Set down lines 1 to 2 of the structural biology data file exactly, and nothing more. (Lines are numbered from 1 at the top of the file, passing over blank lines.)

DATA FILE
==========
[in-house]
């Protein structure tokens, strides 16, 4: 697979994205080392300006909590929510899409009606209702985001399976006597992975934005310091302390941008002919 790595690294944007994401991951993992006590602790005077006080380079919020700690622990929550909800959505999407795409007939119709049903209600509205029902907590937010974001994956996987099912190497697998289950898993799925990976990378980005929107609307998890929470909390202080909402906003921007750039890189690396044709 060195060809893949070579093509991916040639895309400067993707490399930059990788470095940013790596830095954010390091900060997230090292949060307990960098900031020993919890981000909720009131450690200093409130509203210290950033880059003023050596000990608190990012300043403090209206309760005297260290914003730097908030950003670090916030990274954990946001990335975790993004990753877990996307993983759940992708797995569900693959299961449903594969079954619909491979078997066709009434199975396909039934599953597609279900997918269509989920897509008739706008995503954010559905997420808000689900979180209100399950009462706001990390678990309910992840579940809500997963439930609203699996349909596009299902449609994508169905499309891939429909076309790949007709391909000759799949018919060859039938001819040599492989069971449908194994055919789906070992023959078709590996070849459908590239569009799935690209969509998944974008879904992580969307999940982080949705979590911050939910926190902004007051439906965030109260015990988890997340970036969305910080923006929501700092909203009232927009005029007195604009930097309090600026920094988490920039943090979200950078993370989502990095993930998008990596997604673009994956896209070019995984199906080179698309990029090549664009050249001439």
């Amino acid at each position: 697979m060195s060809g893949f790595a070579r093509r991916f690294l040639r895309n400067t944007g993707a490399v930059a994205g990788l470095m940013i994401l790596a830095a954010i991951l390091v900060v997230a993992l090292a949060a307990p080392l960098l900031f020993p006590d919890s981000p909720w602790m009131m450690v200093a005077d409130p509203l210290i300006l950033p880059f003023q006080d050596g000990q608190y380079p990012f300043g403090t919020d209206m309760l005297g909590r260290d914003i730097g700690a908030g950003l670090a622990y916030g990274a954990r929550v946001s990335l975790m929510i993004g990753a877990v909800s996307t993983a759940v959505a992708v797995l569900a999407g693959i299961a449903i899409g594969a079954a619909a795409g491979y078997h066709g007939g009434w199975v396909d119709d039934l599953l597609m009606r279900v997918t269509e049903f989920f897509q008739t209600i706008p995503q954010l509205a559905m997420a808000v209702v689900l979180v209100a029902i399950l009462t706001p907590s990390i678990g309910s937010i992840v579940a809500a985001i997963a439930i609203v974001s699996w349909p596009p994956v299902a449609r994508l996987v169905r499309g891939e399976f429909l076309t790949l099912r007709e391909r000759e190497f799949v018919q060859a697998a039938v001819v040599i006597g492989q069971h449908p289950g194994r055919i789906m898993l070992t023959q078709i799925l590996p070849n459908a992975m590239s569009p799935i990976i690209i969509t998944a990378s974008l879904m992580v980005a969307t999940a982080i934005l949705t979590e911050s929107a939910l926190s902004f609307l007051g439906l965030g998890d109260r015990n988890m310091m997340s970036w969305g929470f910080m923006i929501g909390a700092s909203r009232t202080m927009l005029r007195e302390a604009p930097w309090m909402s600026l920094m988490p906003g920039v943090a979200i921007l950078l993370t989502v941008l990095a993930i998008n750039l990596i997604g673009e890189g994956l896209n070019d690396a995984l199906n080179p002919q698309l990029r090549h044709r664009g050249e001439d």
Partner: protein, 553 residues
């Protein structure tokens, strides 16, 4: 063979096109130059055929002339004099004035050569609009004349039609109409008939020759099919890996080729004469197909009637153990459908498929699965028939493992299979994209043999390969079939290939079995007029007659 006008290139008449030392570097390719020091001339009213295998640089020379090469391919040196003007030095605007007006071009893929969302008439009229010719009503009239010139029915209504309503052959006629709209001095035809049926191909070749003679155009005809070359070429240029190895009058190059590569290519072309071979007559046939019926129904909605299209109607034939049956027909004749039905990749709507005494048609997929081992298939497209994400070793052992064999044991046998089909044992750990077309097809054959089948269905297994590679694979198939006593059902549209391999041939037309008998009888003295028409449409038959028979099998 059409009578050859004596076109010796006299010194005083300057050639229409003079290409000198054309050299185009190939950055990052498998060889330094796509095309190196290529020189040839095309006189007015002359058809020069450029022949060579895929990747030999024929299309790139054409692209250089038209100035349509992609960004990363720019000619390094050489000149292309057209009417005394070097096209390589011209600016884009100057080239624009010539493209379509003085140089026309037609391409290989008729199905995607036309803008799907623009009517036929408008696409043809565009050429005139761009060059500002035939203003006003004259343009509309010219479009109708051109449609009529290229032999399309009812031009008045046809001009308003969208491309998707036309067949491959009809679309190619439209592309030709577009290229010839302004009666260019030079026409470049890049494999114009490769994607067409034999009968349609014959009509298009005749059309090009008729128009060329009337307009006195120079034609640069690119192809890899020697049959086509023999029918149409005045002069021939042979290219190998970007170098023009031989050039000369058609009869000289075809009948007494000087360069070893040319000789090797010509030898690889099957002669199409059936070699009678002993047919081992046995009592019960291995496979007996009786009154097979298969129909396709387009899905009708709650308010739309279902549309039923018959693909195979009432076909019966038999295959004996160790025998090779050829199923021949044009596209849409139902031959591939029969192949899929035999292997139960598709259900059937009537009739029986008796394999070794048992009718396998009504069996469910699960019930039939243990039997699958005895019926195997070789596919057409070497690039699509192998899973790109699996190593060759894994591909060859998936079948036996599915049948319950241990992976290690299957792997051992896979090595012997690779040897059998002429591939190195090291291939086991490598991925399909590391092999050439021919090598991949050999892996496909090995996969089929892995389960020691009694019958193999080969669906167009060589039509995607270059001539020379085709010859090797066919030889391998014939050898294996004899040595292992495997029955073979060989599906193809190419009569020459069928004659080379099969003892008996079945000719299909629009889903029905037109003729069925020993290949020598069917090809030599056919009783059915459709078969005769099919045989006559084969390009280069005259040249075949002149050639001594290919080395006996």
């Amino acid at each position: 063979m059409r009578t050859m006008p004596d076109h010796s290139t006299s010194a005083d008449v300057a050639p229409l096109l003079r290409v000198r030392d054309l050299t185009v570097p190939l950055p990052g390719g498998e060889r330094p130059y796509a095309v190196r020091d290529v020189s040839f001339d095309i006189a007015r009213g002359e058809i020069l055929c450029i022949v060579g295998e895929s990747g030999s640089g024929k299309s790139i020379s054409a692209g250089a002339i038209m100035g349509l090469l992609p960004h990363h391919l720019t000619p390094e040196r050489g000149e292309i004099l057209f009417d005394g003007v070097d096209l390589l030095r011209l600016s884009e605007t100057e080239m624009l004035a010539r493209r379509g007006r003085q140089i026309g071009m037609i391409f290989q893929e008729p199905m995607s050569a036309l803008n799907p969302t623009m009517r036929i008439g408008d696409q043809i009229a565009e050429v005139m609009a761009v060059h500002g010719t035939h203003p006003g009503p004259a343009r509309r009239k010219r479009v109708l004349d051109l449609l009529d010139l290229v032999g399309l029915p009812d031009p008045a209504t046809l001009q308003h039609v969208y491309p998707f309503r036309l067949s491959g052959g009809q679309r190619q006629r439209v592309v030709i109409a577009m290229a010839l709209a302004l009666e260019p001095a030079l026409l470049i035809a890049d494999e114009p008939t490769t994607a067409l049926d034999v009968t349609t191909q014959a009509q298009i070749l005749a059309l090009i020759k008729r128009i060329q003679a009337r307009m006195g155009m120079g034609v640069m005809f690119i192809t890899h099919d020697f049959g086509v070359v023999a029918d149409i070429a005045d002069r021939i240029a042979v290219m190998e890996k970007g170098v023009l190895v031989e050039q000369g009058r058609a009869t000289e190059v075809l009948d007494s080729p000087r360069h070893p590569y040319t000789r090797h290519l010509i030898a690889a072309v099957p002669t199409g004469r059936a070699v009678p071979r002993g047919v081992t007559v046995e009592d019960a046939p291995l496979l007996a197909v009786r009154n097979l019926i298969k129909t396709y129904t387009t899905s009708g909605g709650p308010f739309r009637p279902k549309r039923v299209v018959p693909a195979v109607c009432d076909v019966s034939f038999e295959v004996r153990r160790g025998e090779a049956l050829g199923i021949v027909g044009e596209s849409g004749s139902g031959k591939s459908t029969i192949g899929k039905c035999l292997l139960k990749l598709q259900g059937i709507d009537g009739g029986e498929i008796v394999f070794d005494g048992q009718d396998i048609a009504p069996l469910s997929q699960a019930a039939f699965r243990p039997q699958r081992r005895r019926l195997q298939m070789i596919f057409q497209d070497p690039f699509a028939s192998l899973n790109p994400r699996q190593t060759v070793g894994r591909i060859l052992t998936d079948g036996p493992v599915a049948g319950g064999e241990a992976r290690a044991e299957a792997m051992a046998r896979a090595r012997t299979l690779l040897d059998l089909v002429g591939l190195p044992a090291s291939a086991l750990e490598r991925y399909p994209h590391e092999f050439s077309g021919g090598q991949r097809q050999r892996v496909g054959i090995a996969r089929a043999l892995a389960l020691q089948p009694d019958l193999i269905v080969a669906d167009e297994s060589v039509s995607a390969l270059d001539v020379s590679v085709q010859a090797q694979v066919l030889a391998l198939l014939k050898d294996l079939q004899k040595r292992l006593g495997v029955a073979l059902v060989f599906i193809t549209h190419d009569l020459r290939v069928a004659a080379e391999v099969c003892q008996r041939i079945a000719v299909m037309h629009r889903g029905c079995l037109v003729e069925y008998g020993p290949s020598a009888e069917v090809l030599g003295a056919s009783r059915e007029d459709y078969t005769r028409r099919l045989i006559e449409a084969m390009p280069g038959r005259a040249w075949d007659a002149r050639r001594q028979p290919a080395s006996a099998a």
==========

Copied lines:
[in-house]
């Protein structure tokens, strides 16, 4: 697979994205080392300006909590929510899409009606209702985001399976006597992975934005310091302390941008002919 790595690294944007994401991951993992006590602790005077006080380079919020700690622990929550909800959505999407795409007939119709049903209600509205029902907590937010974001994956996987099912190497697998289950898993799925990976990378980005929107609307998890929470909390202080909402906003921007750039890189690396044709 060195060809893949070579093509991916040639895309400067993707490399930059990788470095940013790596830095954010390091900060997230090292949060307990960098900031020993919890981000909720009131450690200093409130509203210290950033880059003023050596000990608190990012300043403090209206309760005297260290914003730097908030950003670090916030990274954990946001990335975790993004990753877990996307993983759940992708797995569900693959299961449903594969079954619909491979078997066709009434199975396909039934599953597609279900997918269509989920897509008739706008995503954010559905997420808000689900979180209100399950009462706001990390678990309910992840579940809500997963439930609203699996349909596009299902449609994508169905499309891939429909076309790949007709391909000759799949018919060859039938001819040599492989069971449908194994055919789906070992023959078709590996070849459908590239569009799935690209969509998944974008879904992580969307999940982080949705979590911050939910926190902004007051439906965030109260015990988890997340970036969305910080923006929501700092909203009232927009005029007195604009930097309090600026920094988490920039943090979200950078993370989502990095993930998008990596997604673009994956896209070019995984199906080179698309990029090549664009050249001439």